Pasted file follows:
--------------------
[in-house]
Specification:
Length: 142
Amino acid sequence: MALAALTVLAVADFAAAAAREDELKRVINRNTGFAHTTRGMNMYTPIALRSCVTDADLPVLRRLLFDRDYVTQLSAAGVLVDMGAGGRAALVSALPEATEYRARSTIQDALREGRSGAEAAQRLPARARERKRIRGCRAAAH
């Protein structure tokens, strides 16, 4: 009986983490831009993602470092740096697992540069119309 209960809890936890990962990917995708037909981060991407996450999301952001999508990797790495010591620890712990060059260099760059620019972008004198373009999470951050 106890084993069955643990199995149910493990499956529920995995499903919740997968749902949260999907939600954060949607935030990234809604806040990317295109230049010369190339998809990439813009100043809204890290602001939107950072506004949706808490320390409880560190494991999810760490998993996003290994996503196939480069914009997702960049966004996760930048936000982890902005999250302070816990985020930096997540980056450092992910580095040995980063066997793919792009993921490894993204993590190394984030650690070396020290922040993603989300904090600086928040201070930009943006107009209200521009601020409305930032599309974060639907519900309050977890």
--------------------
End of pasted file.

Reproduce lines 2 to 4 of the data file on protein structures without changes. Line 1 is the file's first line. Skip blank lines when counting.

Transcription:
Specification:
Length: 142
Amino acid sequence: MALAALTVLAVADFAAAAAREDELKRVINRNTGFAHTTRGMNMYTPIALRSCVTDADLPVLRRLLFDRDYVTQLSAAGVLVDMGAGGRAALVSALPEATEYRARSTIQDALREGRSGAEAAQRLPARARERKRIRGCRAAAH